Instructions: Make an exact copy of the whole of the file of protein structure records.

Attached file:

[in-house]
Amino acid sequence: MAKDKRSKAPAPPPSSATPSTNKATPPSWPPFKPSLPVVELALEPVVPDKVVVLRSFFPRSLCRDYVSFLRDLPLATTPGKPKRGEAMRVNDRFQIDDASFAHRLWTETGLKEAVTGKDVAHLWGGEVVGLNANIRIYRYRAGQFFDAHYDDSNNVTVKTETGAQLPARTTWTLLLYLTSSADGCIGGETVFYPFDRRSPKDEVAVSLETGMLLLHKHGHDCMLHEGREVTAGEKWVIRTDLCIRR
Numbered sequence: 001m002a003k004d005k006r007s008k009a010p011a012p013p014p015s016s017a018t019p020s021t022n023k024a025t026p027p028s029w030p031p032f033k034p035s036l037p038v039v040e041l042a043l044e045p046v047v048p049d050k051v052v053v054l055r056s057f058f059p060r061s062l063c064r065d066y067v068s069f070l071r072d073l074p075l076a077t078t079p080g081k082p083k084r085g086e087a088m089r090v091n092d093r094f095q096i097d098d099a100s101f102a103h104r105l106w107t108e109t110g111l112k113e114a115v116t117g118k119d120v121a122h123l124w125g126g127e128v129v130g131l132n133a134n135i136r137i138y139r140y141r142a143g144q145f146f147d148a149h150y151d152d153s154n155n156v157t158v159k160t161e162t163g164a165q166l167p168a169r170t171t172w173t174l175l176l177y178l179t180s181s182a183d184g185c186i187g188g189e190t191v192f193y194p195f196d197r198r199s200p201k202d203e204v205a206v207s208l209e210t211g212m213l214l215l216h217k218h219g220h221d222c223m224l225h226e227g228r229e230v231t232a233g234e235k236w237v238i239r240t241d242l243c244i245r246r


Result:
[in-house]
Amino acid sequence: MAKDKRSKAPAPPPSSATPSTNKATPPSWPPFKPSLPVVELALEPVVPDKVVVLRSFFPRSLCRDYVSFLRDLPLATTPGKPKRGEAMRVNDRFQIDDASFAHRLWTETGLKEAVTGKDVAHLWGGEVVGLNANIRIYRYRAGQFFDAHYDDSNNVTVKTETGAQLPARTTWTLLLYLTSSADGCIGGETVFYPFDRRSPKDEVAVSLETGMLLLHKHGHDCMLHEGREVTAGEKWVIRTDLCIRR
Numbered sequence: 001m002a003k004d005k006r007s008k009a010p011a012p013p014p015s016s017a018t019p020s021t022n023k024a025t026p027p028s029w030p031p032f033k034p035s036l037p038v039v040e041l042a043l044e045p046v047v048p049d050k051v052v053v054l055r056s057f058f059p060r061s062l063c064r065d066y067v068s069f070l071r072d073l074p075l076a077t078t079p080g081k082p083k084r085g086e087a088m089r090v091n092d093r094f095q096i097d098d099a100s101f102a103h104r105l106w107t108e109t110g111l112k113e114a115v116t117g118k119d120v121a122h123l124w125g126g127e128v129v130g131l132n133a134n135i136r137i138y139r140y141r142a143g144q145f146f147d148a149h150y151d152d153s154n155n156v157t158v159k160t161e162t163g164a165q166l167p168a169r170t171t172w173t174l175l176l177y178l179t180s181s182a183d184g185c186i187g188g189e190t191v192f193y194p195f196d197r198r199s200p201k202d203e204v205a206v207s208l209e210t211g212m213l214l215l216h217k218h219g220h221d222c223m224l225h226e227g228r229e230v231t232a233g234e235k236w237v238i239r240t241d242l243c244i245r246r